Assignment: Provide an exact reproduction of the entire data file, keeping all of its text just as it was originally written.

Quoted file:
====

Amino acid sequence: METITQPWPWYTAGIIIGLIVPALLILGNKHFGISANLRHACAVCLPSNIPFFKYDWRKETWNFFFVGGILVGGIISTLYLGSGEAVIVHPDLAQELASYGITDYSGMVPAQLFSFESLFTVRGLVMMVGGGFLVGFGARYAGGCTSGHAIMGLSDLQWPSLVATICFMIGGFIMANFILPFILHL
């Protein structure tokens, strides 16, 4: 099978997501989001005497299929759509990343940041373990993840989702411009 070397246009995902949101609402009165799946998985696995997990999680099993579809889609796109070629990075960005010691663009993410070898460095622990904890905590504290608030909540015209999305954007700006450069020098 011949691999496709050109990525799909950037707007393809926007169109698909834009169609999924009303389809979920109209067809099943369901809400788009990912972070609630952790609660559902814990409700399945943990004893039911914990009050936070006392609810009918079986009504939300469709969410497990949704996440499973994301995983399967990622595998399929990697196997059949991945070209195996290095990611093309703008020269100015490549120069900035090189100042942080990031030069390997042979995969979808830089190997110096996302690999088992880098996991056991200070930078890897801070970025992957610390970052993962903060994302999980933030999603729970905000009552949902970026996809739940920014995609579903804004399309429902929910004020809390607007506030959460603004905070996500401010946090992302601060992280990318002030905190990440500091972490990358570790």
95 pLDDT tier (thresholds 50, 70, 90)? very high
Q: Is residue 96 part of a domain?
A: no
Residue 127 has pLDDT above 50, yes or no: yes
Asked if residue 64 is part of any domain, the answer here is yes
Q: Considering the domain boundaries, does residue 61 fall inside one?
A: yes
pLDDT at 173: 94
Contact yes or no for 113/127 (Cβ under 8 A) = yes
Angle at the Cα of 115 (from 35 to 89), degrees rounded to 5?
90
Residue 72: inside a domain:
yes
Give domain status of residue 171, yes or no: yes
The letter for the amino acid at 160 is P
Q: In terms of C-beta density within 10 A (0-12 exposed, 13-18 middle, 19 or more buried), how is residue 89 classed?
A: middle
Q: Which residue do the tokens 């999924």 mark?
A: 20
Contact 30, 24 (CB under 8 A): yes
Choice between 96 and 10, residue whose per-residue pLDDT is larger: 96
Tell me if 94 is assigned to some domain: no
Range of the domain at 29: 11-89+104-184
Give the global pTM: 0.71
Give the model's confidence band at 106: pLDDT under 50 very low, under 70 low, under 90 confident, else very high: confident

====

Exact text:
Amino acid sequence: METITQPWPWYTAGIIIGLIVPALLILGNKHFGISANLRHACAVCLPSNIPFFKYDWRKETWNFFFVGGILVGGIISTLYLGSGEAVIVHPDLAQELASYGITDYSGMVPAQLFSFESLFTVRGLVMMVGGGFLVGFGARYAGGCTSGHAIMGLSDLQWPSLVATICFMIGGFIMANFILPFILHL
């Protein structure tokens, strides 16, 4: 099978997501989001005497299929759509990343940041373990993840989702411009 070397246009995902949101609402009165799946998985696995997990999680099993579809889609796109070629990075960005010691663009993410070898460095622990904890905590504290608030909540015209999305954007700006450069020098 011949691999496709050109990525799909950037707007393809926007169109698909834009169609999924009303389809979920109209067809099943369901809400788009990912972070609630952790609660559902814990409700399945943990004893039911914990009050936070006392609810009918079986009504939300469709969410497990949704996440499973994301995983399967990622595998399929990697196997059949991945070209195996290095990611093309703008020269100015490549120069900035090189100042942080990031030069390997042979995969979808830089190997110096996302690999088992880098996991056991200070930078890897801070970025992957610390970052993962903060994302999980933030999603729970905000009552949902970026996809739940920014995609579903804004399309429902929910004020809390607007506030959460603004905070996500401010946090992302601060992280990318002030905190990440500091972490990358570790």
95 pLDDT tier (thresholds 50, 70, 90)? very high
Q: Is residue 96 part of a domain?
A: no
Residue 127 has pLDDT above 50, yes or no: yes
Asked if residue 64 is part of any domain, the answer here is yes
Q: Considering the domain boundaries, does residue 61 fall inside one?
A: yes
pLDDT at 173: 94
Contact yes or no for 113/127 (Cβ under 8 A) = yes
Angle at the Cα of 115 (from 35 to 89), degrees rounded to 5?
90
Residue 72: inside a domain:
yes
Give domain status of residue 171, yes or no: yes
The letter for the amino acid at 160 is P
Q: In terms of C-beta density within 10 A (0-12 exposed, 13-18 middle, 19 or more buried), how is residue 89 classed?
A: middle
Q: Which residue do the tokens 């999924």 mark?
A: 20
Contact 30, 24 (CB under 8 A): yes
Choice between 96 and 10, residue whose per-residue pLDDT is larger: 96
Tell me if 94 is assigned to some domain: no
Range of the domain at 29: 11-89+104-184
Give the global pTM: 0.71
Give the model's confidence band at 106: pLDDT under 50 very low, under 70 low, under 90 confident, else very high: confident